Mining Crucial to British Columbia’s Success – Randy Hawes, B.C. Minister of State for Mining

The following speech was delivered by Randy Hawes, British Columbia’s Minister of State for Mining, at the opening of AME BC Roundup 2011 conference in Vancouver on January 24, 2011.

“British Columbia is the first province in Canada to share direct provincial tax revenue
generated from new mines or mine expansions with First Nations. This only applies to
new mines and expansions. Resource revenue sharing will not cost the industry a cent.
This is a commitment to sharing revenue that the province will receive from new mine
developments.” (Randy Hawes – B.C. Minister of State for Mining – Jan/24/11)

This year’s theme, “exploring today for tomorrow’s resources,” is particularly apt. After spending $154 million on exploration in 2009, that figure more than doubled to $322 million in 2010.

This represents the third-highest total ever and a 109% increase on 2009. In 1999, the figure was just $25 million. This is an extraordinary turnaround and is indicative of a reinvigorated and optimistic mining industry.

It also underlines the importance the mineral industry is playing in the province’s economic recovery. Exploration investment is a key indicator of mining’s future and this suggests a very bright future indeed.

Perhaps the greatest indicator of mining’s excellent health is the development of new mines. The mining industry invested over $1 billion last year, expanding existing operations and developing new mines in B.C. Major mine expansions at Endako, Gibraltar, Highland Valley Copper, Wolverine and others underline the attractiveness of operating in British Columbia.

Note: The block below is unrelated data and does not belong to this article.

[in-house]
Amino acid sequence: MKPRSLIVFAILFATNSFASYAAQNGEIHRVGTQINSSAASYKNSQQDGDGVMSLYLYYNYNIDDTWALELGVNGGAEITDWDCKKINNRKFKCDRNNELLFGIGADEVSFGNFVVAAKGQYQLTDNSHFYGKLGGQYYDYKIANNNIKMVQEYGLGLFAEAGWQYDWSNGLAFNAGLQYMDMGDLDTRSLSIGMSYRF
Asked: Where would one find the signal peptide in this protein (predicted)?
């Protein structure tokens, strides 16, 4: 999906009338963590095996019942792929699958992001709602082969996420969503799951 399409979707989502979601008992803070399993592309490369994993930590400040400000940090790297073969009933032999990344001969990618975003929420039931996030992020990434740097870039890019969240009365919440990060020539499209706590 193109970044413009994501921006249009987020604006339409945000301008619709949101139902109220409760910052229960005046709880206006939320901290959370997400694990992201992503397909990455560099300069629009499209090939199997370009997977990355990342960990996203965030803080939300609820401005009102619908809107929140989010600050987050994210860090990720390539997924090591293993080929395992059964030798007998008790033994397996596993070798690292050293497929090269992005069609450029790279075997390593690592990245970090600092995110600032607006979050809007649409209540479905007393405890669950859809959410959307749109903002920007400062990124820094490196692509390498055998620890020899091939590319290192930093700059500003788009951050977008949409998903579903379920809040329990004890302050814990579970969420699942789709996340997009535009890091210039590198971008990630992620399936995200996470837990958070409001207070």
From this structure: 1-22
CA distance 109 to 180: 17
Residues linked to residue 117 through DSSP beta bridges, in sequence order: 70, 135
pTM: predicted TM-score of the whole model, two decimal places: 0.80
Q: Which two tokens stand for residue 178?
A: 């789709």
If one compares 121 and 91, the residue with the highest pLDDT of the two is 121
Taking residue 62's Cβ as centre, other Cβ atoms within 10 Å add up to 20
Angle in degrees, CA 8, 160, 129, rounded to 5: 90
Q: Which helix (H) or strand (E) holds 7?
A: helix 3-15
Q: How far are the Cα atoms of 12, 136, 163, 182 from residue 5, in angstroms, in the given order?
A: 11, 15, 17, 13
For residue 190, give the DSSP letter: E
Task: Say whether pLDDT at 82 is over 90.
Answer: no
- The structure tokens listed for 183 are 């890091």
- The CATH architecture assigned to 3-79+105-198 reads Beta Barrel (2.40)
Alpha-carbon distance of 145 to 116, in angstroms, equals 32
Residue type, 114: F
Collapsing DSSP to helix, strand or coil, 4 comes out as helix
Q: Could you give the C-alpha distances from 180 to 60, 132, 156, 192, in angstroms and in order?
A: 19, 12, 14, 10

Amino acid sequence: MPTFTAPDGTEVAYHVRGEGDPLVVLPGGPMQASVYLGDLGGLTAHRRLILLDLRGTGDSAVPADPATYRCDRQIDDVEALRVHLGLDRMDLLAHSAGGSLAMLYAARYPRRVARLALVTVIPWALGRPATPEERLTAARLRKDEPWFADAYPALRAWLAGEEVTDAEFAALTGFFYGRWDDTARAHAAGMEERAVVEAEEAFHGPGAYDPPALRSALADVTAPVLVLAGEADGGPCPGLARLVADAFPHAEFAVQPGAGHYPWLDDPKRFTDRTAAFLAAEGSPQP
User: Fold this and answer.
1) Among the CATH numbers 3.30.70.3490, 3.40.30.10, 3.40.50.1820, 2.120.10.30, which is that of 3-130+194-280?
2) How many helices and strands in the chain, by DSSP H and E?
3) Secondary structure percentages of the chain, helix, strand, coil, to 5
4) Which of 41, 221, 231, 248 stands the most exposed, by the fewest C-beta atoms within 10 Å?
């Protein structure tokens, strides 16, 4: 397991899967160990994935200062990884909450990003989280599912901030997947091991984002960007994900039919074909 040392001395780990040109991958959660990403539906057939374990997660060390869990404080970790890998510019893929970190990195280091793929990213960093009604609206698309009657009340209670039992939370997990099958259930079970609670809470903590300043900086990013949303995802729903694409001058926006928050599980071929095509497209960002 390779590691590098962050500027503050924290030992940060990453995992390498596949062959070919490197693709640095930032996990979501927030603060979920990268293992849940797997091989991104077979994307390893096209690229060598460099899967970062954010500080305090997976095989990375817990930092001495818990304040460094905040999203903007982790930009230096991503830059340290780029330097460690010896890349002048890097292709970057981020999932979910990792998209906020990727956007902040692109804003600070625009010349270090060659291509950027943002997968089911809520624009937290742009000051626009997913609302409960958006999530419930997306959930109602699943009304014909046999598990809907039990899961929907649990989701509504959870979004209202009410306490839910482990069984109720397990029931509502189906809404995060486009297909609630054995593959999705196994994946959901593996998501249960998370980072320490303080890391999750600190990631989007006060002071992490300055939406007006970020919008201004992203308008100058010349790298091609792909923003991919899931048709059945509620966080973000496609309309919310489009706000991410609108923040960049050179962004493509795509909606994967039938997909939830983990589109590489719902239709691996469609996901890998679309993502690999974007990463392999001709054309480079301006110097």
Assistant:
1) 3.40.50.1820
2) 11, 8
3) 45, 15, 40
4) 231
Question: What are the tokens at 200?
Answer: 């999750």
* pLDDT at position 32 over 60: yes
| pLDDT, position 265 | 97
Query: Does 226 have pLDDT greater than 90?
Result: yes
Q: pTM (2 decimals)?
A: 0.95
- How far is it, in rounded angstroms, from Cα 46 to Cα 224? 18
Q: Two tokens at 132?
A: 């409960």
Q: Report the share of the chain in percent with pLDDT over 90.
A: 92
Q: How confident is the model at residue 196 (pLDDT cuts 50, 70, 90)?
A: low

Construction and mine development is already underway at Copper Mountain, New Afton and Mt. Milligan, and with plans for openings in 2011, 2012 and 2013 respectively, they demonstrate the gathering momentum of the industry in B.C.

B.C. has about $25 billion of potential investment in new mining projects in the provincial environmental assessment system. At the end of 2010, 10 mines were in the environmental assessment process, six mines had been approved, another six permitted and waiting to begin production, while another three mines are undergoing major expansion.

With metal and coal prices rebounding so spectacularly, it is vital, for both the good of the province and the mining industry, that we focus on moving towards a “one project, one process” approval system. We are committed to achieving this goal. It is imperative that the process is simple, fair and timely.

The BC advantage: taxes

British Columbia’s corporate taxes are among the lowest in Canada.

To spur investment and cut red tape, 152,000 needless regulatory requirements have been removed – a reduction of more than 42% since 2001. B.C.’s credit rating has been upgraded seven times since 2001, and B.C. now enjoys an AAA credit rating, the highest possible.

These low taxes encourage a mining industry that is worth $6 billion to B.C. in terms of net production value. The mining flow-through share tax credit has been extended to the end of 2013, making the after-tax cost of $1,000 of eligible grassroots exploration the second-lowest in Canada.

We have extended the new mine allowance until 2016. The allowance provides the equivalent of 133.3% deduction of capital costs for mines that commence or expand production before Jan. 1, 2016. HST will save the mining industry about $55 million annually.

Infrastructure